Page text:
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Soldiers, and other Attendants on King Henry and King Edward, Messengers, Watchmen, etc. SCENE.-During part of the Third Act, in France; during the rest of the Play,


in England.

SCENE I. London. The Parliament House.

Drums. Some Soldiers of YORK'S party break in. Then enter the Duke of YORK, EDWARD, RICHARD, NORFOLK, MONTAGUE, WARWICK, and Others, with white roses in their hats.

War. I wonder how the king escap'd our hands. York. While we pursu'd the horsemen of the north,

He slily stole away and left his men :
Whereat the great Lord of Northumberland,

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Whom I encounter'd as the battles join'd.
Rich. Speak thou for me, and tell them what
I did.
Throwing down the Duke of
SOMERSET's head.
York. Richard hath best deserv'd of all my sons.
But is your grace dead, my Lord of Somerset ?
Norf. Such hope have all the line of John of

Rich. Thus do I hope to shake King Henry's head.


War. And so do I. Victorious Prince of York, Before I see thee seated in that throne Which now the house of Lancaster usurps, I vow by heaven these eyes shall never close. This is the palace of the fearful king, And this the regal seat: possess it, York; For this is thine and not King Henry's heirs'. York. Assist me then, sweet Warwick, and I will;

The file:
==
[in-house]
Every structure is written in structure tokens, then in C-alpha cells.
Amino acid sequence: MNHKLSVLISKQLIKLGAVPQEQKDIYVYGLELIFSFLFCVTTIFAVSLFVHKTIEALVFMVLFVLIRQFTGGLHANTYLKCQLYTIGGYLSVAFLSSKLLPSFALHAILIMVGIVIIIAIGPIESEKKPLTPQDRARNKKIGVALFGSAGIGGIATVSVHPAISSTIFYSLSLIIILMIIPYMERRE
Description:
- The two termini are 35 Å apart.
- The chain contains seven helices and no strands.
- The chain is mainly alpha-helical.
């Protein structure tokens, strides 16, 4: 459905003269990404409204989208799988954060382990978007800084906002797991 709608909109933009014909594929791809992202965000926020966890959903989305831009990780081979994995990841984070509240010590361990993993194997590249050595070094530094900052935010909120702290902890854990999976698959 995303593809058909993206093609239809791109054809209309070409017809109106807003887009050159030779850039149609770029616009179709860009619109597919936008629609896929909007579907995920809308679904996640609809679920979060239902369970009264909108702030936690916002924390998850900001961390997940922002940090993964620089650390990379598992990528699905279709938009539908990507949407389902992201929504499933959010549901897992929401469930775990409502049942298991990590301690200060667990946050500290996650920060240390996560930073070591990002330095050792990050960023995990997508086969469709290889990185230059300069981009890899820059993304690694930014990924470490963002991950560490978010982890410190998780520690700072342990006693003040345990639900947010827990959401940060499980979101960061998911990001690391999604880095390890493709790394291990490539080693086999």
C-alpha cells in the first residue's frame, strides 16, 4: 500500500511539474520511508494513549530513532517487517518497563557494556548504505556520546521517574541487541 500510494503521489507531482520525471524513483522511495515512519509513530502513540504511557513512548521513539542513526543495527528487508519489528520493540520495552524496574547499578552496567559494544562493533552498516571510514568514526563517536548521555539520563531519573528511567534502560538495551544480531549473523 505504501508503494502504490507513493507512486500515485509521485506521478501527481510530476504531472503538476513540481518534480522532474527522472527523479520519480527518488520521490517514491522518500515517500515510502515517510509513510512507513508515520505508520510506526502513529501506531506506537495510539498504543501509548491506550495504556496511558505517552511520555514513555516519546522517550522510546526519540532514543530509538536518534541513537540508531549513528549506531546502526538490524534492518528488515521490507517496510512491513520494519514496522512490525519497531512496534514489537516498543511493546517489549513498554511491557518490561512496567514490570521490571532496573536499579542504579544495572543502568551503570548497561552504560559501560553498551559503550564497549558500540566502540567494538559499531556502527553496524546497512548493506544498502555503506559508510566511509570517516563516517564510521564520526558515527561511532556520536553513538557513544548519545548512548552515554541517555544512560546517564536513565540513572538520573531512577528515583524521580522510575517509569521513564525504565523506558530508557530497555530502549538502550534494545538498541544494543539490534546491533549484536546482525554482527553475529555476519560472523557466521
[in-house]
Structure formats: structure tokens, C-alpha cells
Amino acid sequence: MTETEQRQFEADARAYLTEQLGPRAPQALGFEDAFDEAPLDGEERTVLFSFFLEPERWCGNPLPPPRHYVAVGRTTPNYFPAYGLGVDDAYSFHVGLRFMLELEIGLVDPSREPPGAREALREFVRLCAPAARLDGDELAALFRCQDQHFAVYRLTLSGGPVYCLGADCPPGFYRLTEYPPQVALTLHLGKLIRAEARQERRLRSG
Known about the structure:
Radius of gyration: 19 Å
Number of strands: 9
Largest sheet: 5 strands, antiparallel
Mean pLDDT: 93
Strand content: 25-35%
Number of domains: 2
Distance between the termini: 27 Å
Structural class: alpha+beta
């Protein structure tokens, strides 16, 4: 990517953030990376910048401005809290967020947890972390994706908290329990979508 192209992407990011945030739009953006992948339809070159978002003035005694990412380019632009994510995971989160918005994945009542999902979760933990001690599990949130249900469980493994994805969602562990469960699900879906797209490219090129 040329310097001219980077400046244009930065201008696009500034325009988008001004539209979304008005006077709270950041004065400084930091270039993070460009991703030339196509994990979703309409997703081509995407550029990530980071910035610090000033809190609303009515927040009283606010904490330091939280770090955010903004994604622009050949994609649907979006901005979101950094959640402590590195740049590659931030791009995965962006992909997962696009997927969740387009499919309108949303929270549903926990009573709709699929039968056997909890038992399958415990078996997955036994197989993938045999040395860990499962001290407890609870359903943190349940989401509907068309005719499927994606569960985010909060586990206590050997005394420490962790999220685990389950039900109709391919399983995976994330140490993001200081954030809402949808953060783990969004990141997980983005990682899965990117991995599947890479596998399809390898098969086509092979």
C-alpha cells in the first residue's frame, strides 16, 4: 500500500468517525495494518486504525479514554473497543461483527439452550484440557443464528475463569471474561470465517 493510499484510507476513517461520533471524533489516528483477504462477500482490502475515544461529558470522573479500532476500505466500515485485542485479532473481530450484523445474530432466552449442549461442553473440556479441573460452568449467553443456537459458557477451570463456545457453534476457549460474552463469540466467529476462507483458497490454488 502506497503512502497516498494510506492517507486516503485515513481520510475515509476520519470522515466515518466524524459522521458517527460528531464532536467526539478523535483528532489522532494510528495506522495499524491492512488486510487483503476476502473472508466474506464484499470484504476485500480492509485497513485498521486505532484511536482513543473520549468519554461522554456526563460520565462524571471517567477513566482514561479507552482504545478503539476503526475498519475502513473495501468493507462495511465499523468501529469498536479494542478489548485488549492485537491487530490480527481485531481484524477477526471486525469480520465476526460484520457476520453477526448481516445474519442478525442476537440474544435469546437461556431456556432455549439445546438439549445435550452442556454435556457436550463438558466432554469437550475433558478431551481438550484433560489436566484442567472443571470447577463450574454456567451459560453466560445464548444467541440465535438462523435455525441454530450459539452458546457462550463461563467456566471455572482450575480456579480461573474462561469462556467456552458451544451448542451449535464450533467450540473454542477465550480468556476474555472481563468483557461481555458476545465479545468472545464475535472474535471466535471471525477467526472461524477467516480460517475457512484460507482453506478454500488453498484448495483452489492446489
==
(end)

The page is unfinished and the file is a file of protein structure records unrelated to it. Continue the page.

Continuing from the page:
For hither we have broken in by force.

Norf. We'll all assist you; he that flies shall die. York. Thanks, gentle Norfolk. Stay by me, my lords;


And, soldiers, stay and lodge by me this night. War. And when the king comes, offer him no violence,

Unless he seek to thrust you out perforce.
The Soldiers retire.

York. The queen this day here holds her parliament,

But little thinks we shall be of her council:
By words or blows here let us win our right.
Rich. Arm'd as we are, let's stay within this


War. The bloody parliament shall this be call'd, Unless Plantagenet, Duke of York, be king, And bashful Henry depos'd, whose cowardice Hath made us by-words to our enemies. York. Then leave me not, my lords; be resolute; I mean to take possession of my right.

War. Neither the king, nor he that loves him best,

The proudest he that holds up Lancaster,
Dares stir a wing if Warwick shake his bells.
I'll plant Plantagenet, root him up who dares.
Resolve thee, Richard: claim the English crown.
WARWICK leads YORK to the throne, who
seats himself.
Flourish. Enter King HENRY, CLIFFORD,
TER, and Others, with red roses in their hats.

K. Hen. My lords, look where the sturdy rebel sits,


Even in the chair of state! belike he means, Back'd by the power of Warwick, that false peer, To aspire unto the crown and reign as king. Earl of Northumberland, he slew thy father, And thine, Lord Clifford; and you both have vow'd revenge